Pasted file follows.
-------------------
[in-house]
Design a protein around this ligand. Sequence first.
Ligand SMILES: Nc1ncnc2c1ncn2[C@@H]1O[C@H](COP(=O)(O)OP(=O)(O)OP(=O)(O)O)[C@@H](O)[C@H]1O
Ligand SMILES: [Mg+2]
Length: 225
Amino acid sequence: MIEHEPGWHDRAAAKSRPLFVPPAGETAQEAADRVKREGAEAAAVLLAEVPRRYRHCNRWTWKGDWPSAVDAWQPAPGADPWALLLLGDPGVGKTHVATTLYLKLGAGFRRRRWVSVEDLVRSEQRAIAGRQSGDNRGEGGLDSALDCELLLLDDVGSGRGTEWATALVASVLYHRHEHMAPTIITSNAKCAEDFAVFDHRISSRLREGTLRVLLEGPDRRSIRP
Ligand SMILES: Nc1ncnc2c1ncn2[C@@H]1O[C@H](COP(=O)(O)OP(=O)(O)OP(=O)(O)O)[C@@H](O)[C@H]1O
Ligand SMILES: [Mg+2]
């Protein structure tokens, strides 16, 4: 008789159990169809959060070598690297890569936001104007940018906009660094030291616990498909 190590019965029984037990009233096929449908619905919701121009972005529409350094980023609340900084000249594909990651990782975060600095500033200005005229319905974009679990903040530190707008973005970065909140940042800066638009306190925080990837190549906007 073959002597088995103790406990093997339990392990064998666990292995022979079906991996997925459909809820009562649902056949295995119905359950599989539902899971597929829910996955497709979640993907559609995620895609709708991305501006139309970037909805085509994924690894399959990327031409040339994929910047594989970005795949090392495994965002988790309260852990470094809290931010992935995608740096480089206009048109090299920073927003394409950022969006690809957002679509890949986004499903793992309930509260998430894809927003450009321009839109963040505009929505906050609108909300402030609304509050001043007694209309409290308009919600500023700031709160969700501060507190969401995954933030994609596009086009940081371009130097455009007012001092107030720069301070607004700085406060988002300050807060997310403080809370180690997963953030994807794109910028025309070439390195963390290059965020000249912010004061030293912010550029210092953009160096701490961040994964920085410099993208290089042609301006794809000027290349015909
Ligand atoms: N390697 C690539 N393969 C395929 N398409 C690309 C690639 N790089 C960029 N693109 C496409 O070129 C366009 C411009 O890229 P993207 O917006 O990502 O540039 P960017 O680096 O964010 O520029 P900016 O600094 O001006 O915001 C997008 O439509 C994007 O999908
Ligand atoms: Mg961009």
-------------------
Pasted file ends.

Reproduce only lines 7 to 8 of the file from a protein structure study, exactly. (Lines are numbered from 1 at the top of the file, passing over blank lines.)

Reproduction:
Ligand SMILES: Nc1ncnc2c1ncn2[C@@H]1O[C@H](COP(=O)(O)OP(=O)(O)OP(=O)(O)O)[C@@H](O)[C@H]1O
Ligand SMILES: [Mg+2]